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Posts Tagged ‘central bankers’

Paul Ryan (R-WI): A Choice of Two Futures

Posted by Larry Doyle on February 15th, 2012 10:17 AM |

Markets manipulated by the presence of massive infusions of liquidity from central bankers may give the appearance of calm, smooth sailing but under the surface an explosion of epic proportions continues to build.

What is fueling that volcanic eruption?

Chronic deficit spending.

With our fiscal deficit having grown by trillions of dollars over the last few years, make no mistake the withdrawal pains and devastation from this out of control spending WILL be extraordinary. Not might be. WILL be. Borrowing from future generations may be a political art form in Washington but it is truly nothing more than a failure of governance.  (more…)

What Will the Fed Do When QE2 Fails to Stimulate Economy?

Posted by Larry Doyle on October 29th, 2010 5:56 AM |

Here we are a full three years into our economic malaise, Uncle Sam has thrown everything and the kitchen sink at the economy yet we have little to no traction in terms of growth and momentum. Will another trillion dollars of liquidity do the trick? Well, while the Fed’s liquidity may move markets, will it move the economy? Don’t bet on it. The Fed and its brethren on Wall Street and in Washington are reluctant to truly level with the American people. How so?

Our nation is experiencing a serious structural change in our economy — not a mere ‘enormous downturn’ in the midst of the business cycle. If our central bankers and government officials were to emphasize this point, it may cause a sharper retrenchment in our current growth but it would likely lead to a quicker rebound. Before we get into why our bankers and their political cronies are reluctant to make this acknowledgement, let’s take the pulse of an array of venture capitalists, money managers, and others who provide the capital to a wide array of companies. What do these individuals think the economic impact of another round of quantitative easing might be? (more…)

Brazil Wants ‘Real’ity Check

Posted by Larry Doyle on October 21st, 2009 9:04 AM |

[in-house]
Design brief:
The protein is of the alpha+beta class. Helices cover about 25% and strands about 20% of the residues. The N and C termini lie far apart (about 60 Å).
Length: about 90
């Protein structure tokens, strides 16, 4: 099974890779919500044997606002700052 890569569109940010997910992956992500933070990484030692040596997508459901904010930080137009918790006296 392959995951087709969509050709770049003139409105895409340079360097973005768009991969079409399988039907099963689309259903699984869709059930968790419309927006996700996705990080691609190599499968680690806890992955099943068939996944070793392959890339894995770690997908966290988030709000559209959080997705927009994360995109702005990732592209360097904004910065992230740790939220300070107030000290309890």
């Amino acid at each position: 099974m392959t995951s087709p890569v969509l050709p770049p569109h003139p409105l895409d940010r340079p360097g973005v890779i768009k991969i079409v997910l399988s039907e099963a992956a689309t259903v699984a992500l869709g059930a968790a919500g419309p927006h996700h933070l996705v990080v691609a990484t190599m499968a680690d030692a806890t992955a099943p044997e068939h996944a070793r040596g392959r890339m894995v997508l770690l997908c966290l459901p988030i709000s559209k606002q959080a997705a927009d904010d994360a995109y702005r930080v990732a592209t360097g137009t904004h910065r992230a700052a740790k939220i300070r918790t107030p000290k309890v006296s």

Brazil is increasingly concerned by the flow of capital pouring into its economy. Why? Isn’t that a good thing? Well, when the money is ‘fast money’ (meaning largely speculative) and it drives a nation’s currency dramatically higher, it can have an extremely negative and potentially destabilizing impact on a nation’s trade flows, primarily its exports. Let’s navigate.

There is no doubt the global markets are being driven largely by the cheap funding that is emanating from the United States. The oft-repeated statement by Fed chair Ben Bernanke that he will leave the Fed Funds rate unchanged at 0-.25% for an extended period has provided real comfort to speculators, traders, and investors around the world. What are these market participants doing? Selling the U.S. greenback to purchase a variety of global risk based assets. While investors may like positive returns generated to date on their investments, rest assured foreign central bankers are significantly less enthused with the strengthening of their own currencies relative to the greenback. Why?

As I highlighted in my weekly recap, October 10, 2009: Month to date Market Review:

While I think Washington is not disappointed in a relatively weak dollar, although they should be (”Dollar Devaluation Is a Dangerous Game”), other countries are not overly keen about further dollar weakness. Why? A weak dollar puts those countries in a marginally less competitive position in international trade. ECB President Jean-Claude Trichet voiced his concerns on this topic. Rest assured, the Asian nations feel the same way although they are careful in their comments.

Let’s navigate south and visit Brazil. The Brazilian currency, the real (pronounced “ray-al”), has appreciated by approximately 36% against the greenback this year alone. The real has appreciated over 50% against the greenback from its lowest valuation a few years ago. While that appreciation is a positive for Brazilian consumers, it is a major headwind for Brazilian exporters. (more…)






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